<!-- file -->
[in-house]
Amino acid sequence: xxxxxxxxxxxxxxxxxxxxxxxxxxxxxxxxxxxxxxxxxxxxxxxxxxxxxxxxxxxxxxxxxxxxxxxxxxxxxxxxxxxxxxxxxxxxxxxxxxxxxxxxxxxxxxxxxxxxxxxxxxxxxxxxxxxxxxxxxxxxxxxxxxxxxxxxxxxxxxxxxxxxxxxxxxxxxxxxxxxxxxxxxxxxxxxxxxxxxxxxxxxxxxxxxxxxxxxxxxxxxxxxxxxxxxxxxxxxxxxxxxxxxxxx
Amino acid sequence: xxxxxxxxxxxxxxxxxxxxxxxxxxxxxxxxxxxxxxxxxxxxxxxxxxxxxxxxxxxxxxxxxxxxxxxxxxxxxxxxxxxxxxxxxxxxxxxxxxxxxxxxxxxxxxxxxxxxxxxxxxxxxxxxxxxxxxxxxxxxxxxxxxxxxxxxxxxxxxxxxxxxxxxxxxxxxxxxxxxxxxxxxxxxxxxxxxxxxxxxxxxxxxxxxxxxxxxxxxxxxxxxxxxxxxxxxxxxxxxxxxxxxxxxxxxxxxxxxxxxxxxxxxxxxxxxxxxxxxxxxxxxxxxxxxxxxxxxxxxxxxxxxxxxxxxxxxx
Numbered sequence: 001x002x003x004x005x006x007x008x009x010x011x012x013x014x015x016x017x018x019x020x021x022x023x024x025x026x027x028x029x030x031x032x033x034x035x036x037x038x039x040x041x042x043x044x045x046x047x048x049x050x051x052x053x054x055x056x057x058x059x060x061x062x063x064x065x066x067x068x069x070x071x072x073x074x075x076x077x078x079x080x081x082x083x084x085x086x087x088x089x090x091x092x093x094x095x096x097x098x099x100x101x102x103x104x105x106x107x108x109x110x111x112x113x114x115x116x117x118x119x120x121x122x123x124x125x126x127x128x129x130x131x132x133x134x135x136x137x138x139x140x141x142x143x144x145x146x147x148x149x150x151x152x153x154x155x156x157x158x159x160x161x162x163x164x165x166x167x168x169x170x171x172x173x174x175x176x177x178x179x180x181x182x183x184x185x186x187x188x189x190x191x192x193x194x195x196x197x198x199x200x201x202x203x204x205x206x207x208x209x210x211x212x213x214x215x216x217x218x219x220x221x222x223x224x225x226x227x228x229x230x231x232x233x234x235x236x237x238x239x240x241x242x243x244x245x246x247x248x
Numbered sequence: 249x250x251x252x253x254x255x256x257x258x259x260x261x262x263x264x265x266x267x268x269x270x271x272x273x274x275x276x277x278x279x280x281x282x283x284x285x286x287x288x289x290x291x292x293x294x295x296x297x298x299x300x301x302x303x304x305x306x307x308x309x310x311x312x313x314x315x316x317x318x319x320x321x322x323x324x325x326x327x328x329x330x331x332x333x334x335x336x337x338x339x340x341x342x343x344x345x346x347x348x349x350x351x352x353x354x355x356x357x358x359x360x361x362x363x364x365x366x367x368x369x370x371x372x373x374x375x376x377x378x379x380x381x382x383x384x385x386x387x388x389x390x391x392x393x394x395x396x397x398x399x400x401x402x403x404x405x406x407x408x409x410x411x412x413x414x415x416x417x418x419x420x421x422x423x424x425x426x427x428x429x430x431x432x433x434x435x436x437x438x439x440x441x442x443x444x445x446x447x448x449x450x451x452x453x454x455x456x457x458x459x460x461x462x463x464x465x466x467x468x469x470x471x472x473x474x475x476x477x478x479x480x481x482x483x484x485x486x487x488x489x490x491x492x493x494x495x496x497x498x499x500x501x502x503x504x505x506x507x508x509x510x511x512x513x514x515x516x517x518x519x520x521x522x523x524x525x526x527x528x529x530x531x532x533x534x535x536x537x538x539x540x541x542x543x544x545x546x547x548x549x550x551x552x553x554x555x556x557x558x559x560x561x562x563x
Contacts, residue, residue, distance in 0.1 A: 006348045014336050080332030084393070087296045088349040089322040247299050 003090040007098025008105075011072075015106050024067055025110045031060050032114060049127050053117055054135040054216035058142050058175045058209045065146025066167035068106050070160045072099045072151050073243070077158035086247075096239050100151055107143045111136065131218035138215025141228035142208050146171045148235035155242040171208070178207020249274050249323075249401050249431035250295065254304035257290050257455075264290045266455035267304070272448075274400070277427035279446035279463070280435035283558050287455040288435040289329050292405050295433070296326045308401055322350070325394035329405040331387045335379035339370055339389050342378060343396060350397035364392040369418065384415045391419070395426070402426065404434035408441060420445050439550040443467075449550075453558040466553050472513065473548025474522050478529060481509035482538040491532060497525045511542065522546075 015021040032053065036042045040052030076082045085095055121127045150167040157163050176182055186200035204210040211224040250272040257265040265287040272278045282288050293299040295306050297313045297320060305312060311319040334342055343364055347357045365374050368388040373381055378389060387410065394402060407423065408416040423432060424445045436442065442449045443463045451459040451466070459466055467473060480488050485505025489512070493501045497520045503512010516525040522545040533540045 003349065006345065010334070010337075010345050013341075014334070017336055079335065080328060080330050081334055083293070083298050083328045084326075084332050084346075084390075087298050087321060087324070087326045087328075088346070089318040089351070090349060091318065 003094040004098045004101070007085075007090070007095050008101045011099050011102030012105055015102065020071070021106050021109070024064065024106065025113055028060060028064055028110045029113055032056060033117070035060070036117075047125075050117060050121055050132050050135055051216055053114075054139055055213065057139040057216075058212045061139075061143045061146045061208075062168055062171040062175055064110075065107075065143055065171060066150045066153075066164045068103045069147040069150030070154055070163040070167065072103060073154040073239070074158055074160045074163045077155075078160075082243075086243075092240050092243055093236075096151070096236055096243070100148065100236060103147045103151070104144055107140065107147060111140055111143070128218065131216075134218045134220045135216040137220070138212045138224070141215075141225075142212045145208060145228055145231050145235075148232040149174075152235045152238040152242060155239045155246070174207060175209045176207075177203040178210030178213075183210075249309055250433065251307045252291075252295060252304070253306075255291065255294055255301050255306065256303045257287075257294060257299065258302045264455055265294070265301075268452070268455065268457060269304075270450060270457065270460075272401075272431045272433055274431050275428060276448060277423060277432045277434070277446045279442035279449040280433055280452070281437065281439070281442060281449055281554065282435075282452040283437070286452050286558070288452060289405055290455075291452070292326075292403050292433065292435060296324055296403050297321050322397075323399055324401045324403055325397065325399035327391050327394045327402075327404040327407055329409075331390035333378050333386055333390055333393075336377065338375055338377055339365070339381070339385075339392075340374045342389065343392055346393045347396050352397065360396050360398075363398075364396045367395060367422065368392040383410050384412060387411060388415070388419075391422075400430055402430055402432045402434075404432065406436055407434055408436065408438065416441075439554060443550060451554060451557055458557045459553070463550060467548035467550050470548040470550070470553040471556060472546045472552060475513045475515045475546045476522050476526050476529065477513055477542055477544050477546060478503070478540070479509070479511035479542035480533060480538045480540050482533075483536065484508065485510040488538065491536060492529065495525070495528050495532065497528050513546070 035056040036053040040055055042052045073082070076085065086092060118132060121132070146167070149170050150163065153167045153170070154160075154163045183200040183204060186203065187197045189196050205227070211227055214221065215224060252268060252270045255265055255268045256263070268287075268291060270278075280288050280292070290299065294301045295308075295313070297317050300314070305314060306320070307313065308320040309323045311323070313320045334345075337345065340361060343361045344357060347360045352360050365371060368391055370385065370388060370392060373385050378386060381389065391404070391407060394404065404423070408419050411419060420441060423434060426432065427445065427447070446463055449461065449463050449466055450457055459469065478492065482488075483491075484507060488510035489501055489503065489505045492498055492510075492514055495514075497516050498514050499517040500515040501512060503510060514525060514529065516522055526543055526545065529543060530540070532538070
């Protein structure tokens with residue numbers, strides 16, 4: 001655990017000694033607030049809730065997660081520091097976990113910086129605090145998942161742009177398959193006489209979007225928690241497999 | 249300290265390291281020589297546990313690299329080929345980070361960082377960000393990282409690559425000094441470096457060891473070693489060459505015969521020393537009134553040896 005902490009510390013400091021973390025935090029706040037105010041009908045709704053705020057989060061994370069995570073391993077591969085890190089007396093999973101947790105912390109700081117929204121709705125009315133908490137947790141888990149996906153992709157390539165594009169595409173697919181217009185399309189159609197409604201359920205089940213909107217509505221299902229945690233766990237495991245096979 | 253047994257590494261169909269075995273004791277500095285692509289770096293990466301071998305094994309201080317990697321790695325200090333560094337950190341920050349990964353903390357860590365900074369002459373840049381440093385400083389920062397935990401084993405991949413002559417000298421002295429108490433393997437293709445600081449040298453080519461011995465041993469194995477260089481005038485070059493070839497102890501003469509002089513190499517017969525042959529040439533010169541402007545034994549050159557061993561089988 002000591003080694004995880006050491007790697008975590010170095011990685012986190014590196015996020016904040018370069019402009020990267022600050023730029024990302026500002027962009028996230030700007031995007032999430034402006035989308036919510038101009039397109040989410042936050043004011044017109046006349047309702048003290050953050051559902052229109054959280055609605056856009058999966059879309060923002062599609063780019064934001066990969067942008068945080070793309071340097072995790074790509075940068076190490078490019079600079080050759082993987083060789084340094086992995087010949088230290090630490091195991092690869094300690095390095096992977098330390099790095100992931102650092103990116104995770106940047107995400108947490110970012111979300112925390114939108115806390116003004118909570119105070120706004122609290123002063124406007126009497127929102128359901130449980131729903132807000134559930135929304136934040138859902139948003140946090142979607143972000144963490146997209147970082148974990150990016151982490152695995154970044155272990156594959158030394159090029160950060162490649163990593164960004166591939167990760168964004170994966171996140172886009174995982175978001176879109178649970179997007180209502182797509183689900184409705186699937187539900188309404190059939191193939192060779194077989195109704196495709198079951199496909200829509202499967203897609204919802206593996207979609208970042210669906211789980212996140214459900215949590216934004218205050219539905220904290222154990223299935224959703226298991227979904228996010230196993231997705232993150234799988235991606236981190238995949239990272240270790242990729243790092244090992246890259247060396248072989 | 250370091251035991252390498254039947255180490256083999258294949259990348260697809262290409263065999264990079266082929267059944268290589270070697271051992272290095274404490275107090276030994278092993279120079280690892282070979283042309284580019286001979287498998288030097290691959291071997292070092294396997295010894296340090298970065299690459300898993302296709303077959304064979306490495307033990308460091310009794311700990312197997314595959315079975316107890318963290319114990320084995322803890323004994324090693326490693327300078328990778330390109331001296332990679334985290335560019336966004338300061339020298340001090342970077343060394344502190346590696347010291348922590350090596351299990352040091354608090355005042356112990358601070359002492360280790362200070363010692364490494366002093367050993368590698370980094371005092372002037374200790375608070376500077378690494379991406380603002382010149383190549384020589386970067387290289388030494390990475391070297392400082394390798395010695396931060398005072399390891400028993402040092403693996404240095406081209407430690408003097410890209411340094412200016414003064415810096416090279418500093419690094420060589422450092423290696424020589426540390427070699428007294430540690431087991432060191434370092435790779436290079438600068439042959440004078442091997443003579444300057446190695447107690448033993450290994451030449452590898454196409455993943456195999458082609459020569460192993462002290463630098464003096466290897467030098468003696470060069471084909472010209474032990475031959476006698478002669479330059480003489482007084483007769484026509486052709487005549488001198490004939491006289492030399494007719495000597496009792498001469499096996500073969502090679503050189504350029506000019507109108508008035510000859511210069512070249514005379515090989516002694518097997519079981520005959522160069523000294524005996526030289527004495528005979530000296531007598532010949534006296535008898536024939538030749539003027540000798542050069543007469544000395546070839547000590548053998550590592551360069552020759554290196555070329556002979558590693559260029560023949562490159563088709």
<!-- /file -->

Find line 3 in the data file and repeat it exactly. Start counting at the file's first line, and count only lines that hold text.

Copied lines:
Amino acid sequence: xxxxxxxxxxxxxxxxxxxxxxxxxxxxxxxxxxxxxxxxxxxxxxxxxxxxxxxxxxxxxxxxxxxxxxxxxxxxxxxxxxxxxxxxxxxxxxxxxxxxxxxxxxxxxxxxxxxxxxxxxxxxxxxxxxxxxxxxxxxxxxxxxxxxxxxxxxxxxxxxxxxxxxxxxxxxxxxxxxxxxxxxxxxxxxxxxxxxxxxxxxxxxxxxxxxxxxxxxxxxxxxxxxxxxxxxxxxxxxxxxxxxxxxxxxxxxxxxxxxxxxxxxxxxxxxxxxxxxxxxxxxxxxxxxxxxxxxxxxxxxxxxxxxxxxxxxxx